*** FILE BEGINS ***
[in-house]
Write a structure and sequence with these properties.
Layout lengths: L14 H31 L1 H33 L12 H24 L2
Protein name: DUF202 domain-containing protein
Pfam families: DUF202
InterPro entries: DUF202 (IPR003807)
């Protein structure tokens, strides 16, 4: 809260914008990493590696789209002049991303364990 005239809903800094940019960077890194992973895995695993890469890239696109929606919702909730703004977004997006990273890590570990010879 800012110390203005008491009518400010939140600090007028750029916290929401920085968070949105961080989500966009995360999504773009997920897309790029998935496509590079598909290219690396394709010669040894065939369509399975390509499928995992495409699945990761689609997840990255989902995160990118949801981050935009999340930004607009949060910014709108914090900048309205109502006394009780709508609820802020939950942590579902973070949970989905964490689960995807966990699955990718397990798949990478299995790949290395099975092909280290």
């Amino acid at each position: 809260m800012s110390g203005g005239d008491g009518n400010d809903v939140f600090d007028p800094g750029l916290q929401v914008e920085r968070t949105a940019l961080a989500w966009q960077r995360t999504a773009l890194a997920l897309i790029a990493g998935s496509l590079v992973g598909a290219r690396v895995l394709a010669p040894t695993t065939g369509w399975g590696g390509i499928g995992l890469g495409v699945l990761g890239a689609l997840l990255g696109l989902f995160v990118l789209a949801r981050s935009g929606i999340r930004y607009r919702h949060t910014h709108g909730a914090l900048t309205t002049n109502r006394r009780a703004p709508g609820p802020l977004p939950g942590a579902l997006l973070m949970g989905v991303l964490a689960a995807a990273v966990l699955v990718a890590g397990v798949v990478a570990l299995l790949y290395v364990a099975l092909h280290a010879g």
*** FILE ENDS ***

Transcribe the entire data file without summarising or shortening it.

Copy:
[in-house]
Write a structure and sequence with these properties.
Layout lengths: L14 H31 L1 H33 L12 H24 L2
Protein name: DUF202 domain-containing protein
Pfam families: DUF202
InterPro entries: DUF202 (IPR003807)
């Protein structure tokens, strides 16, 4: 809260914008990493590696789209002049991303364990 005239809903800094940019960077890194992973895995695993890469890239696109929606919702909730703004977004997006990273890590570990010879 800012110390203005008491009518400010939140600090007028750029916290929401920085968070949105961080989500966009995360999504773009997920897309790029998935496509590079598909290219690396394709010669040894065939369509399975390509499928995992495409699945990761689609997840990255989902995160990118949801981050935009999340930004607009949060910014709108914090900048309205109502006394009780709508609820802020939950942590579902973070949970989905964490689960995807966990699955990718397990798949990478299995790949290395099975092909280290």
């Amino acid at each position: 809260m800012s110390g203005g005239d008491g009518n400010d809903v939140f600090d007028p800094g750029l916290q929401v914008e920085r968070t949105a940019l961080a989500w966009q960077r995360t999504a773009l890194a997920l897309i790029a990493g998935s496509l590079v992973g598909a290219r690396v895995l394709a010669p040894t695993t065939g369509w399975g590696g390509i499928g995992l890469g495409v699945l990761g890239a689609l997840l990255g696109l989902f995160v990118l789209a949801r981050s935009g929606i999340r930004y607009r919702h949060t910014h709108g909730a914090l900048t309205t002049n109502r006394r009780a703004p709508g609820p802020l977004p939950g942590a579902l997006l973070m949970g989905v991303l964490a689960a995807a990273v966990l699955v990718a890590g397990v798949v990478a570990l299995l790949y290395v364990a099975l092909h280290a010879g």